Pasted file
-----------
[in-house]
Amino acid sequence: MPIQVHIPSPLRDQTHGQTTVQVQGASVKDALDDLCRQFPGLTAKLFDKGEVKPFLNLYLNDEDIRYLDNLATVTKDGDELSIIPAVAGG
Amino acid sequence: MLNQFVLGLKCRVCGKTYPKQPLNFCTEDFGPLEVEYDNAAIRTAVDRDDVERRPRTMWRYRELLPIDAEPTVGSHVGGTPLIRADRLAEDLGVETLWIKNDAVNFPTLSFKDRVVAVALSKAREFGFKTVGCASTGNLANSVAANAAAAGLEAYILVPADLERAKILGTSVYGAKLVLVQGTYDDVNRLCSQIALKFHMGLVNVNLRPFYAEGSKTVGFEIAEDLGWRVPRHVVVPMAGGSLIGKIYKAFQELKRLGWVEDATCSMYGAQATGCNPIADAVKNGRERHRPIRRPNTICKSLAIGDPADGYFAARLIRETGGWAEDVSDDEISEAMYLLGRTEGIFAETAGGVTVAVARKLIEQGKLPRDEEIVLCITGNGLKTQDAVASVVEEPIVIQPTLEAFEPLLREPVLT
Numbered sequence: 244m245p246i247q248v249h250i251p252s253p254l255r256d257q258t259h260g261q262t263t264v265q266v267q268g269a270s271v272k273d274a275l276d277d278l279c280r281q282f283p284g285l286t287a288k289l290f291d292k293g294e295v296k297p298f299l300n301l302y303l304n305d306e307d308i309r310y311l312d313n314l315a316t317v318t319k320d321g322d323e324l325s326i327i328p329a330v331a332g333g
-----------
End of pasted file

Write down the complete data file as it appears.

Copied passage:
[in-house]
Amino acid sequence: MPIQVHIPSPLRDQTHGQTTVQVQGASVKDALDDLCRQFPGLTAKLFDKGEVKPFLNLYLNDEDIRYLDNLATVTKDGDELSIIPAVAGG
Amino acid sequence: MLNQFVLGLKCRVCGKTYPKQPLNFCTEDFGPLEVEYDNAAIRTAVDRDDVERRPRTMWRYRELLPIDAEPTVGSHVGGTPLIRADRLAEDLGVETLWIKNDAVNFPTLSFKDRVVAVALSKAREFGFKTVGCASTGNLANSVAANAAAAGLEAYILVPADLERAKILGTSVYGAKLVLVQGTYDDVNRLCSQIALKFHMGLVNVNLRPFYAEGSKTVGFEIAEDLGWRVPRHVVVPMAGGSLIGKIYKAFQELKRLGWVEDATCSMYGAQATGCNPIADAVKNGRERHRPIRRPNTICKSLAIGDPADGYFAARLIRETGGWAEDVSDDEISEAMYLLGRTEGIFAETAGGVTVAVARKLIEQGKLPRDEEIVLCITGNGLKTQDAVASVVEEPIVIQPTLEAFEPLLREPVLT
Numbered sequence: 244m245p246i247q248v249h250i251p252s253p254l255r256d257q258t259h260g261q262t263t264v265q266v267q268g269a270s271v272k273d274a275l276d277d278l279c280r281q282f283p284g285l286t287a288k289l290f291d292k293g294e295v296k297p298f299l300n301l302y303l304n305d306e307d308i309r310y311l312d313n314l315a316t317v318t319k320d321g322d323e324l325s326i327i328p329a330v331a332g333g